Chicago-based Clean Core Thorium Energy (CCTE) has extended its collaboration with Canadian Nuclear Laboratories (CNL) on its ANEEL fuel technology. CNL has approved a Clean Core submitted proposal, “Advanced Nuclear Energy for Enriched Life (ANEEL) CNSC Licensing Verification and Validation,” as a proposed project managed under the Canadian Nuclear Research Initiative (CNRI) Programme. CNL will work with Clean Core to further establish scope and timeline.

The fuel is made of thorium and high-assay low-enriched uranium (HALEU), developed for use in pressurised heavy water reactors (PHWRs) and Canada deuterium uranium (Candu) reactors. Clean Core says the fuel can offer significantly improved performance with existing proven heavy water reactor systems by leveraging thorium’s inherently superior nuclear, thermal and physical properties. It also retains the same external dimensions and configuration design as in currently used natural uranium (NU) fuel bundles. “Without any significant modifications to the reactor, the replacement of the currently used NU fuel bundles with Clean Core’s ANEEL fuel bundles can reduce life-cycle operating costs and waste volumes, increase safety and accident tolerance, and result in additional proliferation resistance,” the company notes. Clean Core completed initial design studies, and in April, announced the successful conclusion of the Phase 1 Pre-licensing Vendor Design Review process with the Canadian Nuclear Safety Commission.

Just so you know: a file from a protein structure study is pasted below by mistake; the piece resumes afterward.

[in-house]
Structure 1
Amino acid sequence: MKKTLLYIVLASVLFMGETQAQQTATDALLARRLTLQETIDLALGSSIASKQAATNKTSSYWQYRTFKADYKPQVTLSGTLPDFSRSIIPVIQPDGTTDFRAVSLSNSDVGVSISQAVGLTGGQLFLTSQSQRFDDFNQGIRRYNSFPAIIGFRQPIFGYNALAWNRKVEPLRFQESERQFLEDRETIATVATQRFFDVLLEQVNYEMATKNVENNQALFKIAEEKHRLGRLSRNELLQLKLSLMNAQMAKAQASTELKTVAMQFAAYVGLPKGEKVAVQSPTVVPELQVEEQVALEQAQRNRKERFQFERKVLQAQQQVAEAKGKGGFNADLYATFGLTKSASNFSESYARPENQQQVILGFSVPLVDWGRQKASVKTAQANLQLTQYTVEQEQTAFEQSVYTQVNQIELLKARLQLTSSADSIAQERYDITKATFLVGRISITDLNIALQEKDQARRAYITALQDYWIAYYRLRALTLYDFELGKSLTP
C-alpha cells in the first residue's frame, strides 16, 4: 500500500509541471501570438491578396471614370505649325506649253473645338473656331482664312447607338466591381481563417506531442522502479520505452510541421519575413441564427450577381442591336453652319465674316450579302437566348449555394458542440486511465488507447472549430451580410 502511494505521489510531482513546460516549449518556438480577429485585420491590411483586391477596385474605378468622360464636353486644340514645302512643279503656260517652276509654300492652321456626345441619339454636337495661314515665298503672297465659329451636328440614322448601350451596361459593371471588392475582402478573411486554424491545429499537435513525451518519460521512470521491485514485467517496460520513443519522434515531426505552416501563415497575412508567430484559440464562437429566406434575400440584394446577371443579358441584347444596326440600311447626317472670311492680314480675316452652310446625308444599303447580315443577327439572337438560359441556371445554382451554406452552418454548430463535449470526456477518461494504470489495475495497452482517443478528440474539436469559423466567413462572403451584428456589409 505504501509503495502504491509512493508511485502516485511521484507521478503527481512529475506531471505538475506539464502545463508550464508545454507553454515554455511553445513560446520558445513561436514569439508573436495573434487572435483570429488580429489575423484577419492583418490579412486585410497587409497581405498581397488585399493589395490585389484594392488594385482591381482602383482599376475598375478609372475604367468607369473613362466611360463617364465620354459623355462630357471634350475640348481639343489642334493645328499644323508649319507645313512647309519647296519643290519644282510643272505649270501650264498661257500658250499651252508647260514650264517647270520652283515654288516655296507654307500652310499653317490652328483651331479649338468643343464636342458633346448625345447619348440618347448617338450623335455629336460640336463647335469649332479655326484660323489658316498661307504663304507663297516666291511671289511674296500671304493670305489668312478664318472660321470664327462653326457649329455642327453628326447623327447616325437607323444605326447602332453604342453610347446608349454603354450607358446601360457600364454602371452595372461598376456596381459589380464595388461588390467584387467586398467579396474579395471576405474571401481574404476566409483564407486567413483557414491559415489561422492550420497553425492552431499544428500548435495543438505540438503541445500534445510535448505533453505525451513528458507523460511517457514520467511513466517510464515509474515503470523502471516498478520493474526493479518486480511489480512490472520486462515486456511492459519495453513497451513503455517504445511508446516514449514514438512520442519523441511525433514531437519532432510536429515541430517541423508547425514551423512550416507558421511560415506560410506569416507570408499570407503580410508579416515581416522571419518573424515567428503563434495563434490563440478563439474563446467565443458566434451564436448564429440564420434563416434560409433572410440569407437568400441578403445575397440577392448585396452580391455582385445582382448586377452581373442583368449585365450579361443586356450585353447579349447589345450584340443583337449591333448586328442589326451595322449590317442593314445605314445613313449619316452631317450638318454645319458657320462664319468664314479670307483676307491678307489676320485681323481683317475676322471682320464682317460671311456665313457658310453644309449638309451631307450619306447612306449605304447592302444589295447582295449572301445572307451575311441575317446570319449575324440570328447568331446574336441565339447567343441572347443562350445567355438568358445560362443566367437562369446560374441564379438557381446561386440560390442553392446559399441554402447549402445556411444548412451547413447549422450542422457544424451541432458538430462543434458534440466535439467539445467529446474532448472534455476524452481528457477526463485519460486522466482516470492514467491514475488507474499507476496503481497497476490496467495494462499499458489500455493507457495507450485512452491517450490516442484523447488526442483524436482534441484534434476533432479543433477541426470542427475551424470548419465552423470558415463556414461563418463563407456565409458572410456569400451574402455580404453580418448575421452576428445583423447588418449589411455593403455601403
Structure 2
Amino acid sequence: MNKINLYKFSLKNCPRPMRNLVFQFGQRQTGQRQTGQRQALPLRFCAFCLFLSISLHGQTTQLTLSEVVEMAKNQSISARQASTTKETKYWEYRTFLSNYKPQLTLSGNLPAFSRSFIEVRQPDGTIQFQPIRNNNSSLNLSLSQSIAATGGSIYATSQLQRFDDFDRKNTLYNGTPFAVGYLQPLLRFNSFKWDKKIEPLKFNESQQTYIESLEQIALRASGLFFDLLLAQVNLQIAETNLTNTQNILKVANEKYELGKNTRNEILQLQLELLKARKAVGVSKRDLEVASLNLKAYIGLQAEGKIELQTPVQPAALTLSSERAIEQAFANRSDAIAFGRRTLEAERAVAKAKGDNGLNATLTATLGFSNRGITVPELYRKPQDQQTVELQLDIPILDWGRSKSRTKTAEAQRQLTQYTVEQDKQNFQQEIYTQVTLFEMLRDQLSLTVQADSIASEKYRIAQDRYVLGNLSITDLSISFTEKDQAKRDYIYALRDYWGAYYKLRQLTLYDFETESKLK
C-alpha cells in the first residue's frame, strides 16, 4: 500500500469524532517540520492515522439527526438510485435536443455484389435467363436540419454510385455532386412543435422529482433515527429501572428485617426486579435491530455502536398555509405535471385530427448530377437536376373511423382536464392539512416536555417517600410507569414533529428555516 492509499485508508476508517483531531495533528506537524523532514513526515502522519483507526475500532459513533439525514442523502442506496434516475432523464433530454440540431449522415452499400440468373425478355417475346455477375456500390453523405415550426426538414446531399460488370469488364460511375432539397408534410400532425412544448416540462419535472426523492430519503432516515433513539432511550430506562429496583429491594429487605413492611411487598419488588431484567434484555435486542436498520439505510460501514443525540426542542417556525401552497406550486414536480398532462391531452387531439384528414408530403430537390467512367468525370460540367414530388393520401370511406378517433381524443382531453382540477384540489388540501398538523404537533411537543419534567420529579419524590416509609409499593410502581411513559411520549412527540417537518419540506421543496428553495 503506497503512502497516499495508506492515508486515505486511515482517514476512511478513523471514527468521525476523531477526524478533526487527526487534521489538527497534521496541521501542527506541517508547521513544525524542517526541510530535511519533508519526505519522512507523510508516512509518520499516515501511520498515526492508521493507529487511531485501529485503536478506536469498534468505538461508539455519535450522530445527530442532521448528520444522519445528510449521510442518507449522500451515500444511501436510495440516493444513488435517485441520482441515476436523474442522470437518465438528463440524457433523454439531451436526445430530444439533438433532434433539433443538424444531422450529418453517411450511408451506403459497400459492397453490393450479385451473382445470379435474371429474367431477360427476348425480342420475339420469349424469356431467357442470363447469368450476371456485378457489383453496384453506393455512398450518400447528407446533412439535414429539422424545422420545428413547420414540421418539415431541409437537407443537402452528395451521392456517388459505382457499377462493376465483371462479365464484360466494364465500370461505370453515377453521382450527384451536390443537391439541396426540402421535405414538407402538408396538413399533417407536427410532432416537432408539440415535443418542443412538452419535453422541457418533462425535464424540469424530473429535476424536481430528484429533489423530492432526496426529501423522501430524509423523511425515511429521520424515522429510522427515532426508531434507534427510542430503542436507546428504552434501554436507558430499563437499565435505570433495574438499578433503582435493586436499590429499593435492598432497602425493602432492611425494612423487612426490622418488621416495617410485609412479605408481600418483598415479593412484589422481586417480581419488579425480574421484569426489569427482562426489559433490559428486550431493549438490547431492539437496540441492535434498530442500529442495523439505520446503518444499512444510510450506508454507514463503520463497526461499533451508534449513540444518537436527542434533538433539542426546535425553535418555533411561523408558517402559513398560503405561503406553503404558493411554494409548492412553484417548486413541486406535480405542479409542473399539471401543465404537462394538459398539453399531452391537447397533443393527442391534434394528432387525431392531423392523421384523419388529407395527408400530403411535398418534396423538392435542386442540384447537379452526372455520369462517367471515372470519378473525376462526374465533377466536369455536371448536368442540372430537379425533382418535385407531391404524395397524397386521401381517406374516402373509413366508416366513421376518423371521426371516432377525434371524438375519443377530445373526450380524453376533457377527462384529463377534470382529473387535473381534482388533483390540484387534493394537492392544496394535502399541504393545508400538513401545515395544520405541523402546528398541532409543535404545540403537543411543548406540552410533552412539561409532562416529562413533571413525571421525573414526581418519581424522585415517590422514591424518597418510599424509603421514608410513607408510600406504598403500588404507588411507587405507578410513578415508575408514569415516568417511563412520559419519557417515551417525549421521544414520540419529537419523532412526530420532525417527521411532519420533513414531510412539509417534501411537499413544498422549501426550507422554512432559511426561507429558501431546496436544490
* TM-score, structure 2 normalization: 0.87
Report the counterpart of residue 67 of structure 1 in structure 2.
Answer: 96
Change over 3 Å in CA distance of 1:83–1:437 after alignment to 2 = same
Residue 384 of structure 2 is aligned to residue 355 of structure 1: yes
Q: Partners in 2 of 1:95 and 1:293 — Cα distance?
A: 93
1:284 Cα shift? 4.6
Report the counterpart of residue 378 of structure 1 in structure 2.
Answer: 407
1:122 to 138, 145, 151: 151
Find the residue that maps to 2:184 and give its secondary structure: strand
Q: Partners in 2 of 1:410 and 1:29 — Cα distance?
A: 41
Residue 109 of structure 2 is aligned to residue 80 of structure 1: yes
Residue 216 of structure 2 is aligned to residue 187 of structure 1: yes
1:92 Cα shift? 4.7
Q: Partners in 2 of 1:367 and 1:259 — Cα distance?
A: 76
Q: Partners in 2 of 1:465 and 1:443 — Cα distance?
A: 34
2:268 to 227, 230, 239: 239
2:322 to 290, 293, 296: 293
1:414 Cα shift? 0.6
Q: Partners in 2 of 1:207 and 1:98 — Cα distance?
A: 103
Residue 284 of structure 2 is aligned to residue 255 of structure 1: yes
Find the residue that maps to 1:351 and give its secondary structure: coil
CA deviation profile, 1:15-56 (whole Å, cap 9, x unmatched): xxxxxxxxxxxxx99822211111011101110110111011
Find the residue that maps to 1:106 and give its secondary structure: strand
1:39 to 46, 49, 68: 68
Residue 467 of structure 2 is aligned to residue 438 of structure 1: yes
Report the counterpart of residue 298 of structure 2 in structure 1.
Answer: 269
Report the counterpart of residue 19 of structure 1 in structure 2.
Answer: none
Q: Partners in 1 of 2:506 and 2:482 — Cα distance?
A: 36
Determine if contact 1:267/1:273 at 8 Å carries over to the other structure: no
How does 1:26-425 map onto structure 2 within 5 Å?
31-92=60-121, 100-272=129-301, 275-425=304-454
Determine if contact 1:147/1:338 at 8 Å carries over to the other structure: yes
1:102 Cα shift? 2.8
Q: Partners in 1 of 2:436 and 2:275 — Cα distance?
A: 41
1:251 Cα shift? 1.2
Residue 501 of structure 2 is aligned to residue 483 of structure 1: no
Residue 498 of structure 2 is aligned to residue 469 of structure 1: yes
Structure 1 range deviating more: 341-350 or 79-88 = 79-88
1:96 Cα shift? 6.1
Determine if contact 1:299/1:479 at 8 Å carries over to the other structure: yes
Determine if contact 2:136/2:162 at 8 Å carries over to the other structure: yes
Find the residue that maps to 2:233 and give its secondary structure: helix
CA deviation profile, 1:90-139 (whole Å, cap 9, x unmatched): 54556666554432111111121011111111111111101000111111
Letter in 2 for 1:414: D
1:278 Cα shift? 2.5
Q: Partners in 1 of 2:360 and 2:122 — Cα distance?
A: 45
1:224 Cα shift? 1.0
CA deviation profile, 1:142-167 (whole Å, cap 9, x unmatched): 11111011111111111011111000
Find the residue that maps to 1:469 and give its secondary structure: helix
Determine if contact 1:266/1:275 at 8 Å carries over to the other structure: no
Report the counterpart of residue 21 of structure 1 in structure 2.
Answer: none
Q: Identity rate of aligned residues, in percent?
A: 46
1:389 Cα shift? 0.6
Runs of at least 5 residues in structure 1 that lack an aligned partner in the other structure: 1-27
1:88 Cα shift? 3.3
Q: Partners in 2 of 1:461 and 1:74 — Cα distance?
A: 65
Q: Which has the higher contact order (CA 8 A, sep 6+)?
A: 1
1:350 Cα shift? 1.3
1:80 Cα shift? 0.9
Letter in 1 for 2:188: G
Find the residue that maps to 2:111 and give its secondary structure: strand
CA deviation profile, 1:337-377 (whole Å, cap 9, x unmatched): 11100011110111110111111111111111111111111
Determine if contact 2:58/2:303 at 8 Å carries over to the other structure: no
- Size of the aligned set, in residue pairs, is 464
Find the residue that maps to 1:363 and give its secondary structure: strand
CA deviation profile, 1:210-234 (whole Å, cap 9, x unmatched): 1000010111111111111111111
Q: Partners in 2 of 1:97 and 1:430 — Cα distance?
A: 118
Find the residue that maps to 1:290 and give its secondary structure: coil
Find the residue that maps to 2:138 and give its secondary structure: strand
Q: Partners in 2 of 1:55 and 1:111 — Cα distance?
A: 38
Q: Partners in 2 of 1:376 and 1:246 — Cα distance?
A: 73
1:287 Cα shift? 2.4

Clean Core said it understands that successfully completed design studies are an essential part of the licensing process. This involves the verification and validation of the computer codes and analytical models employed in the design and safety analysis. The collaboration between CNL and Clean Core has the potential to enable accelerated evaluation of advanced solutions for heavy-water reactors, which could critically enable their improved economic operation.

“Clean Core recognises this as an opportunity of accelerating their ANEEL fuel programme by leveraging the existing domain expertise at CNL and the development and assessment of various fuel, physics and thermohydraulic models,” said Mehul Shah, CEO & Founder of Clean Core.

Clean Core also recently signed a Strategic Partnership Project Agreement with the US Department of Energy (DOE) and has begun irradiation testing and qualification in the Advanced Test Reactor (ATR) at Idaho National Labs aiming to achieve planned burnup targets of up to 60 GWd per tonne. Clean Core has been in partnering and engaging with key industry players including regulators, utilities, and suppliers with the aim of achieving commercialisation of the ANEEL fuel by 2026.

Image: Clean Core’s nuclear fuel bundle made from Thorium and HALE (courtesy of Clean Core Thorium Energy)